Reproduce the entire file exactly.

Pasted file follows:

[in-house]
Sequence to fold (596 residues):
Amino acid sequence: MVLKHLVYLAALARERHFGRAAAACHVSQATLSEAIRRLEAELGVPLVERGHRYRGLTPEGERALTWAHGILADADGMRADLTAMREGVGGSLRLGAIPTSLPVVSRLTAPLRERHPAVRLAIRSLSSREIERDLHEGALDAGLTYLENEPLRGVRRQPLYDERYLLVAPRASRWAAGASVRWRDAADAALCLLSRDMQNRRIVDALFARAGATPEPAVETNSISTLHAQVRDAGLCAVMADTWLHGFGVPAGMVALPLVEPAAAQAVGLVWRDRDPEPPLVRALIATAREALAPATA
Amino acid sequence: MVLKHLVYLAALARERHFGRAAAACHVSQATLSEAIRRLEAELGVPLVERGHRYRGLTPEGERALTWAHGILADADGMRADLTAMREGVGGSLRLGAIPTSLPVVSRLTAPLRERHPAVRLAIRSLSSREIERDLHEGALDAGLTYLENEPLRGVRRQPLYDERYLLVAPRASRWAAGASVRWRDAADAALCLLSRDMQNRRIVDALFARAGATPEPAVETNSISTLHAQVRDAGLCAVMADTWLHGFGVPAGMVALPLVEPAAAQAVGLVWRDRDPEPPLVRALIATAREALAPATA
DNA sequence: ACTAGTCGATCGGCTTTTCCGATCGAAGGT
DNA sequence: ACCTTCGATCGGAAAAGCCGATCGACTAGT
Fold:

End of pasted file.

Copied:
[in-house]
Sequence to fold (596 residues):
Amino acid sequence: MVLKHLVYLAALARERHFGRAAAACHVSQATLSEAIRRLEAELGVPLVERGHRYRGLTPEGERALTWAHGILADADGMRADLTAMREGVGGSLRLGAIPTSLPVVSRLTAPLRERHPAVRLAIRSLSSREIERDLHEGALDAGLTYLENEPLRGVRRQPLYDERYLLVAPRASRWAAGASVRWRDAADAALCLLSRDMQNRRIVDALFARAGATPEPAVETNSISTLHAQVRDAGLCAVMADTWLHGFGVPAGMVALPLVEPAAAQAVGLVWRDRDPEPPLVRALIATAREALAPATA
Amino acid sequence: MVLKHLVYLAALARERHFGRAAAACHVSQATLSEAIRRLEAELGVPLVERGHRYRGLTPEGERALTWAHGILADADGMRADLTAMREGVGGSLRLGAIPTSLPVVSRLTAPLRERHPAVRLAIRSLSSREIERDLHEGALDAGLTYLENEPLRGVRRQPLYDERYLLVAPRASRWAAGASVRWRDAADAALCLLSRDMQNRRIVDALFARAGATPEPAVETNSISTLHAQVRDAGLCAVMADTWLHGFGVPAGMVALPLVEPAAAQAVGLVWRDRDPEPPLVRALIATAREALAPATA
DNA sequence: ACTAGTCGATCGGCTTTTCCGATCGAAGGT
DNA sequence: ACCTTCGATCGGAAAAGCCGATCGACTAGT
Fold: